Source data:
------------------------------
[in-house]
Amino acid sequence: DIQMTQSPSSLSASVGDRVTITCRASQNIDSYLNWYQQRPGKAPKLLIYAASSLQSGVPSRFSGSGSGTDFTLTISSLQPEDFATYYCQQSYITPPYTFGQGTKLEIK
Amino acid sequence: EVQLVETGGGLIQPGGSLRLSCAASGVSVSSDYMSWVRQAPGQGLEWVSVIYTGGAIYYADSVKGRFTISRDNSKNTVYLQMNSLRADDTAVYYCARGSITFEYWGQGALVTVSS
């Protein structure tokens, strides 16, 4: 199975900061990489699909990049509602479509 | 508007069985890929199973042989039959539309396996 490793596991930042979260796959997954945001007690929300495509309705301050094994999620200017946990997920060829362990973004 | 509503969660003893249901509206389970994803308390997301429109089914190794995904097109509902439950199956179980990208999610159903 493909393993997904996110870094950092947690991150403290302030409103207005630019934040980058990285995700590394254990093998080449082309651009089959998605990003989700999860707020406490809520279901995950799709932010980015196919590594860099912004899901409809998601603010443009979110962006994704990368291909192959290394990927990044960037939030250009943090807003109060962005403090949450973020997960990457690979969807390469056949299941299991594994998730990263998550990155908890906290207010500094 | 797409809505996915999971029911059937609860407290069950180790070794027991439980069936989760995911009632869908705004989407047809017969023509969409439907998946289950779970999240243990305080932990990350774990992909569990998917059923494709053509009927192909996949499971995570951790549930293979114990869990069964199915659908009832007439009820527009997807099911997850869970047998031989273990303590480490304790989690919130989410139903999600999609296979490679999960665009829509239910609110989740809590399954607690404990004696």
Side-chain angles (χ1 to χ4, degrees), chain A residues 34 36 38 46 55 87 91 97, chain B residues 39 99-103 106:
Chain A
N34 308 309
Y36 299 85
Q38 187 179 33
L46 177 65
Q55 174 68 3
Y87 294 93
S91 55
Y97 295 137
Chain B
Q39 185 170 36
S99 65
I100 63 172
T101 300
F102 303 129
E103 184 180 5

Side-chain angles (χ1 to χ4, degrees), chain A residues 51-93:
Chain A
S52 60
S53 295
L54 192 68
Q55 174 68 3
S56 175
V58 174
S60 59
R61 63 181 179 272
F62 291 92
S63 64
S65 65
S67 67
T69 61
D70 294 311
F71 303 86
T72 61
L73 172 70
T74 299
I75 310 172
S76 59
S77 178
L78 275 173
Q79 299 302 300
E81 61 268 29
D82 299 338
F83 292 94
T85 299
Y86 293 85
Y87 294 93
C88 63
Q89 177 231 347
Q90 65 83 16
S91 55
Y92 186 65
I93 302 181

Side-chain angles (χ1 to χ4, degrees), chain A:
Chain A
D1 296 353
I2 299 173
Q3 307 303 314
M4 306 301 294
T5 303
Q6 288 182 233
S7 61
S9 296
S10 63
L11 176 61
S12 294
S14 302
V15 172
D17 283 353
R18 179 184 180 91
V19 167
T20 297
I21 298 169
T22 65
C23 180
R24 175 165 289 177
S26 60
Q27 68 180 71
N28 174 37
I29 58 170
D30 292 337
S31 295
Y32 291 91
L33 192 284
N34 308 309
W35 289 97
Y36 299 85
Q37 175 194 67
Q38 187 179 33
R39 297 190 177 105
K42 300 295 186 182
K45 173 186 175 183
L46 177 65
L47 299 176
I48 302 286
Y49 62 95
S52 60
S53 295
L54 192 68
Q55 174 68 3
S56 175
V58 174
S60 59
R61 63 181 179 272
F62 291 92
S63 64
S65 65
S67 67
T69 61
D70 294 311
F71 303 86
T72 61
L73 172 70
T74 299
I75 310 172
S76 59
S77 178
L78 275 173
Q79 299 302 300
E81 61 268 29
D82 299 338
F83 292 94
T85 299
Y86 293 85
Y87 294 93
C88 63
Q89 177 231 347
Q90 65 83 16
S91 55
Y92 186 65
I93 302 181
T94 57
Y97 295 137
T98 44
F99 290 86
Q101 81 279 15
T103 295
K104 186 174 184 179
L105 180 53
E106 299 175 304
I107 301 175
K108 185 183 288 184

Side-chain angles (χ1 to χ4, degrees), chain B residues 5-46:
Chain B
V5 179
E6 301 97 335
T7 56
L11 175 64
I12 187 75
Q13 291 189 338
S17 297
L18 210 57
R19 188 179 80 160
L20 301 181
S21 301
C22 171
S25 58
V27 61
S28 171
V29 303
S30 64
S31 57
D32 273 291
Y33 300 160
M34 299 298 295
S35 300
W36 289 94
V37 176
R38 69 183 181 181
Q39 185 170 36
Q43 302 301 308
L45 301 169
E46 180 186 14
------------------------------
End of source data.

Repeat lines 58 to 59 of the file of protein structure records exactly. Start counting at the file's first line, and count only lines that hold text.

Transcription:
I93 302 181

Side-chain angles (χ1 to χ4, degrees), chain A: